The Microscopy Facility is student-centered: not only are independent research students its primary users, numerous courses use the equipment in the facility (2035) and in its neighboring classroom (2033). The Facility also hosts middle-school and high-school classes for microscopy learning experiences.

Links to online references and learning resources.

Integrated digital classroom (2033)

  • 8 phase contrast, 8 DIC, and 16 stereoscopes, all with digital cameras
  • All computer stations integrated with instructor station for screen sharing

Courses: Animal Development (BIO316), Immunology (BIO343), Medical Parasitology (BIO420), Biology and Art (BIO426), Light Microscopy (BIO432/532), Human Histology (BIO482)

BIO 432/532: Light Microscopy

This course covers the principles behind light microscopy, from the properties of light to the latest technologies in microscopy. Students will get hands-on experience with the different kinds of microscopes, including the confocal microscope. The course also covers fluorescent probes, advanced fluorescence techniques, digital imaging, methods of quantification and figure preparation for publication, with an emphasis on biological applications. Offered in the fall.

Light Microscopy Course Photoblog: Each week during the class the students bring in an object – it can be anything – and take a picture of it through a microscope, then post it to the class photoblog. As we make our way through the semester, they learn new techniques, which start to pop up in the posts. At the end of semester, faculty in the department vote for their favorite image in our annual “Small Wonder” competition.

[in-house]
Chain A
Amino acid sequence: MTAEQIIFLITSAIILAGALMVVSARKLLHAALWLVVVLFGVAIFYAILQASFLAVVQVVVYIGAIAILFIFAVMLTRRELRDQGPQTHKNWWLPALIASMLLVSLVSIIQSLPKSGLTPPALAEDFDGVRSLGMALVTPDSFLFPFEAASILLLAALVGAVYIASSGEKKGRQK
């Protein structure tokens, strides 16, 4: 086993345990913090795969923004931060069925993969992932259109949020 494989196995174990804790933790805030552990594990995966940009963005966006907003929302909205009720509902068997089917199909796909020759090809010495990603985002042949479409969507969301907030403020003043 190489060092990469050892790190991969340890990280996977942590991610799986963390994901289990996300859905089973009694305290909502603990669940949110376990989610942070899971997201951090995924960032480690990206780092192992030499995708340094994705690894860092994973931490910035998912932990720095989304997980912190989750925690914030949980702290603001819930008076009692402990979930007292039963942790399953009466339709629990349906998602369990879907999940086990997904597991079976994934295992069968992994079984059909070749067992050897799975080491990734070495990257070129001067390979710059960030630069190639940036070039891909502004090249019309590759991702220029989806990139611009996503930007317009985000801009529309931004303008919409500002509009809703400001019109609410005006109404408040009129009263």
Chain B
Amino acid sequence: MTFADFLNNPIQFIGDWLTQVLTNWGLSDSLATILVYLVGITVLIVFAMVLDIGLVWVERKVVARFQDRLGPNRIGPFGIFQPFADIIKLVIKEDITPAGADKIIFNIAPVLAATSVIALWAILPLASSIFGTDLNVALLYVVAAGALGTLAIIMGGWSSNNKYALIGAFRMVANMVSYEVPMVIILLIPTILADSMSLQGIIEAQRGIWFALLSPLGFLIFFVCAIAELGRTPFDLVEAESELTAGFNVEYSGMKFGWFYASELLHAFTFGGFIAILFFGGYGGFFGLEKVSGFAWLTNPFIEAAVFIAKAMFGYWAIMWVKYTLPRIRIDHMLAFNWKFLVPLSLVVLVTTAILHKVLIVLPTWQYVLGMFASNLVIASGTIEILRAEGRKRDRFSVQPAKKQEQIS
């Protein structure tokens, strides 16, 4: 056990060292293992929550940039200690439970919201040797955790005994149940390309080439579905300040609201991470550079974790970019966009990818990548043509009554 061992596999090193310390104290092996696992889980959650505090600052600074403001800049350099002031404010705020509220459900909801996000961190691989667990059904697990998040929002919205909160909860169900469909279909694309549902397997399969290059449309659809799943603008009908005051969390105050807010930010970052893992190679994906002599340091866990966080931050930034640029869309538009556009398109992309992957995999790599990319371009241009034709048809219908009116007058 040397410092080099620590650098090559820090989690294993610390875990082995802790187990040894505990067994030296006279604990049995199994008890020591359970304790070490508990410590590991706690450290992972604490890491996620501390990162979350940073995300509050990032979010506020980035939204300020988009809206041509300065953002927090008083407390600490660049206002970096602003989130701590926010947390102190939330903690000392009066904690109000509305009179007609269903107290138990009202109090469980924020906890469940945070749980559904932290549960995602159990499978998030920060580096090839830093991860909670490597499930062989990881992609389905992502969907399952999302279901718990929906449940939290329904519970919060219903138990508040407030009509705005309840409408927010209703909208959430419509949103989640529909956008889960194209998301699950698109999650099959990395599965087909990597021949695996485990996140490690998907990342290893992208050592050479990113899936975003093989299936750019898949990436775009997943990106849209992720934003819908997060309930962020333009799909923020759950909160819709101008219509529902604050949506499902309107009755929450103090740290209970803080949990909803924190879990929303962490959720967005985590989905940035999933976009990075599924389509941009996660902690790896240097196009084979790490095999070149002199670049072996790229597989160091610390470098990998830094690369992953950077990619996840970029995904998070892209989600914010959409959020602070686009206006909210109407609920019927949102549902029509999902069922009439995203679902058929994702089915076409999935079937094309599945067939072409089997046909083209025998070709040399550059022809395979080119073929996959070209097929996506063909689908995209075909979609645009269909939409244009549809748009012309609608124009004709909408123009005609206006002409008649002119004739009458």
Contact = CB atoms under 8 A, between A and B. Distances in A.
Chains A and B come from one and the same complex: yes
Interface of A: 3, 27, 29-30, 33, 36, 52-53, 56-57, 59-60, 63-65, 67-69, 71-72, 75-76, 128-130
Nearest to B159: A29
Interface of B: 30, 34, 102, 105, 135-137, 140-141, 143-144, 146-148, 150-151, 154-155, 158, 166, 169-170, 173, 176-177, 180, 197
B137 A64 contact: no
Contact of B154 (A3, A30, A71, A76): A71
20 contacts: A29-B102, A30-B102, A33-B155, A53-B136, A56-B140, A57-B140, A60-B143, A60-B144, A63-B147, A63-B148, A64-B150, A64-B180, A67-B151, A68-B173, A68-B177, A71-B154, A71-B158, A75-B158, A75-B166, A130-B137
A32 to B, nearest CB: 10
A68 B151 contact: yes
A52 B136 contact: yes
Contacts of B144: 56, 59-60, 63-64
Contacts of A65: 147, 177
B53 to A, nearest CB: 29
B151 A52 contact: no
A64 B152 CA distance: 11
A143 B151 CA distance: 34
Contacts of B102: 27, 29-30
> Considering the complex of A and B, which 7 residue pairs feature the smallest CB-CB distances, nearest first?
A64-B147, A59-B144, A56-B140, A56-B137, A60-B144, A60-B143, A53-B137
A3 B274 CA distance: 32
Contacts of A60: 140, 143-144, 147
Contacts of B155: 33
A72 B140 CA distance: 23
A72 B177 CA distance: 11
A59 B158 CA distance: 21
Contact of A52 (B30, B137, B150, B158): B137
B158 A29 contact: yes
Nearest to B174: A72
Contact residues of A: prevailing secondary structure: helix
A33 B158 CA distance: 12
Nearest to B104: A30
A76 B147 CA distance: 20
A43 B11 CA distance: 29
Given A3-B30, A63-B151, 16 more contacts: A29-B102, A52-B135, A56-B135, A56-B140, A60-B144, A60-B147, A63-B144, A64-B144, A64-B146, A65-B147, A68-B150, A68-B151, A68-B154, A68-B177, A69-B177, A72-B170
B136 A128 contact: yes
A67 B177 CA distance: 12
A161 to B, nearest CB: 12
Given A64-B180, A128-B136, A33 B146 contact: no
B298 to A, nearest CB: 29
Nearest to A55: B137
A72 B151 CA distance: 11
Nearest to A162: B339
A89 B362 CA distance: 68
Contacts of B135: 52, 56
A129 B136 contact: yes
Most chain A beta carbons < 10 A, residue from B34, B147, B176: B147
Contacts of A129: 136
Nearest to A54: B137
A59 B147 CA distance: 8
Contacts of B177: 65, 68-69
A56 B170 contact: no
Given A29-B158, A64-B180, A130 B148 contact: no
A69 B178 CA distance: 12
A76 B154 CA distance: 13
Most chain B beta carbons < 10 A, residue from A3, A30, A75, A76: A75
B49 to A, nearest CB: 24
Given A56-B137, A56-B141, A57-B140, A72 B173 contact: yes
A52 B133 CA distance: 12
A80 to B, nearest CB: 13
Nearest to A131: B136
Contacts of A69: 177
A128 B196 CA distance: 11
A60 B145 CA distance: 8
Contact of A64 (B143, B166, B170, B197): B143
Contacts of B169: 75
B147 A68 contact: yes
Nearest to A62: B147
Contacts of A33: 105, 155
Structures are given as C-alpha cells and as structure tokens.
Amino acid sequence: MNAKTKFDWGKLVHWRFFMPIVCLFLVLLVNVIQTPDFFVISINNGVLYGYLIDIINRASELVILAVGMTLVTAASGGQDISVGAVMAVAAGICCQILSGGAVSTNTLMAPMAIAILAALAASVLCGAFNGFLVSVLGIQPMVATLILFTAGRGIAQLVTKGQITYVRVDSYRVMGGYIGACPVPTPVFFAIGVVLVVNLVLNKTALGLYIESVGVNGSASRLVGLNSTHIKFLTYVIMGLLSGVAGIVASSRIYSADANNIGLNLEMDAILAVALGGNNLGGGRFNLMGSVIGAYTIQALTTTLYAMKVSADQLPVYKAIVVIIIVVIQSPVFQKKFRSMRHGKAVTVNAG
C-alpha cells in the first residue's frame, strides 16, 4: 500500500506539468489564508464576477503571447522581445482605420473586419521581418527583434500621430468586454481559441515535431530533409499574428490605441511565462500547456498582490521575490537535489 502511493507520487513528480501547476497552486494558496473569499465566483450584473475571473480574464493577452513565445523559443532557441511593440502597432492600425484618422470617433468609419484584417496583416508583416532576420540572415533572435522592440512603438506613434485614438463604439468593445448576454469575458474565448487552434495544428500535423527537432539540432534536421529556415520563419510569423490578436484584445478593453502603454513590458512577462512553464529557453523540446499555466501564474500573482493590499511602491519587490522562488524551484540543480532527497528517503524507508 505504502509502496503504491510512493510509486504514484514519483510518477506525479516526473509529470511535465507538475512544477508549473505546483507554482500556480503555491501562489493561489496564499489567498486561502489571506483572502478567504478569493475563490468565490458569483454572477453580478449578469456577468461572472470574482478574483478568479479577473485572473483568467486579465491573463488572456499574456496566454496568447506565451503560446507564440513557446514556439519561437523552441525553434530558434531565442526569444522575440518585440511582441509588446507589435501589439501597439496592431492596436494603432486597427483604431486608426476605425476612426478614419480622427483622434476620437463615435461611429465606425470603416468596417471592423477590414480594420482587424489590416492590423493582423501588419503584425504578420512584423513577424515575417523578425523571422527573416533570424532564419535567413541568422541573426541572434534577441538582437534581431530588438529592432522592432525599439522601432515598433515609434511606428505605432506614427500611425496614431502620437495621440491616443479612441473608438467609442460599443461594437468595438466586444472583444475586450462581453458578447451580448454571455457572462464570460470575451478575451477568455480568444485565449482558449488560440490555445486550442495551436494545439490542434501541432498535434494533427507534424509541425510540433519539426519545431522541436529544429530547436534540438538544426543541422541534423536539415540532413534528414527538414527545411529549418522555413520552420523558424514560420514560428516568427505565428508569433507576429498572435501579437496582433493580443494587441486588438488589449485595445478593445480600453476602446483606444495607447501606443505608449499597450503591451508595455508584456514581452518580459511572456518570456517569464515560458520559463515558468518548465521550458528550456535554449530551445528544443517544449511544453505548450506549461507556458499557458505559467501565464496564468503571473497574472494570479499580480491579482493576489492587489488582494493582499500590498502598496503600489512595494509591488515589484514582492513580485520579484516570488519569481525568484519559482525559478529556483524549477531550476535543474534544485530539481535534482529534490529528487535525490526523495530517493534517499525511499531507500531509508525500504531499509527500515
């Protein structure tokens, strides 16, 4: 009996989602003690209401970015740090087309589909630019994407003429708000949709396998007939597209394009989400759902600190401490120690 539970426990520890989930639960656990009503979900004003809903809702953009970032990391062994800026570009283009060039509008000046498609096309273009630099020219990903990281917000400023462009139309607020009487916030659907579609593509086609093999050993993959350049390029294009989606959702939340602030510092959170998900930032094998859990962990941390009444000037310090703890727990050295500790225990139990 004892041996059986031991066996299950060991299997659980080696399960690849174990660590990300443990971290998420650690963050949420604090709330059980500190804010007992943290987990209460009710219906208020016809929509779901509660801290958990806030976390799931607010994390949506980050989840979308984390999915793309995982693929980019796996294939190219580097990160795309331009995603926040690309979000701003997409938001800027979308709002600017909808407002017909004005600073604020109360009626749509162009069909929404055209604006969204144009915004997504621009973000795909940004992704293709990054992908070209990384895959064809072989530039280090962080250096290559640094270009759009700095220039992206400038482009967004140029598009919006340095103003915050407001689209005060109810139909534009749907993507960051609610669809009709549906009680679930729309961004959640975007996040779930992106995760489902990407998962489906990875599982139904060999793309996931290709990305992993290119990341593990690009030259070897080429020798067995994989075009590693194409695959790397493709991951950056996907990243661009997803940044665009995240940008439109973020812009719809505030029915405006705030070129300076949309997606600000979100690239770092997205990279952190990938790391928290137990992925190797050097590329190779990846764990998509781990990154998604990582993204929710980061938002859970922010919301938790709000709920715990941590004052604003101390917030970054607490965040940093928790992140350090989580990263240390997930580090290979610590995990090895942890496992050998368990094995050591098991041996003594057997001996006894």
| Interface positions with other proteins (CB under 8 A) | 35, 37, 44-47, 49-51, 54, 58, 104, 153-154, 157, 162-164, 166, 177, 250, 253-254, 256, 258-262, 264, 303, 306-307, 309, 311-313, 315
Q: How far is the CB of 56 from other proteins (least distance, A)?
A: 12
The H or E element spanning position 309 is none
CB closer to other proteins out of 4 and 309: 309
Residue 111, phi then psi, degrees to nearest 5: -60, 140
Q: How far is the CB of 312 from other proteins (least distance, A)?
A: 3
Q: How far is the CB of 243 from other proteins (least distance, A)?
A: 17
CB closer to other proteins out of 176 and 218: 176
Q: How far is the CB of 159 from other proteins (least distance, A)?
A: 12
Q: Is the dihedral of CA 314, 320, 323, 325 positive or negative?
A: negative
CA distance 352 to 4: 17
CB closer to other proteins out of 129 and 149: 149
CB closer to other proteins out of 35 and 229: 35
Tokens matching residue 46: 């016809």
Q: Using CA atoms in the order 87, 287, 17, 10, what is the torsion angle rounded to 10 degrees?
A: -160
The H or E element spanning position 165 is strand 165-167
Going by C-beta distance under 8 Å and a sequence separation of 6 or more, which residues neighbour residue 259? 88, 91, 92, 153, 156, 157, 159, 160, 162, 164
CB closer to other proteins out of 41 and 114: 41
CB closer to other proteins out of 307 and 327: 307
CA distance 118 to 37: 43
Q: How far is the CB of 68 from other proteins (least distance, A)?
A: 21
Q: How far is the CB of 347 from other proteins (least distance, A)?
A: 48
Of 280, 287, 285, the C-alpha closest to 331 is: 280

Middle-/High-School Outreach Events

All outreach events are coordinated through the College of Science and Math's Center for STEM Education and Outreach. Please contact the center to set-up an event.

Outreach Activity Description: Despite learning about biomolecules, organelles, and cells, students often have trouble forming an integrated mental image of how these microscopic entities relate to and interact with each other. This problem manifests, in part, in difficulties comparing the relative sizes of biological objects (e.g. a bacterium vs. a eukaryotic nucleus; a protein vs. a water molecule). This is entirely understandable in that these objects exist on a size scale much smaller than we experience on a daily basis and are therefore as difficult to conceptualize as, e.g., the distance from the earth to the sun. Microscopes offer a window into this world and can help students start to build a framework for how life works at the microscale. In our outreach activities, students will investigate and develop an understanding of the sizes of biological objects and the levels of structural organization at the microscale. Students will develop hypotheses about the relative sizes of certain biological objects based on their prior knowledge and then test their hypotheses using compound microscopes. Our microscopes are especially suited for this kind of activity because they have digital cameras that allow live images to be displayed on a computer screen. This allows everyone in the group to see the microscope image simultaneously and also allows students to take images.

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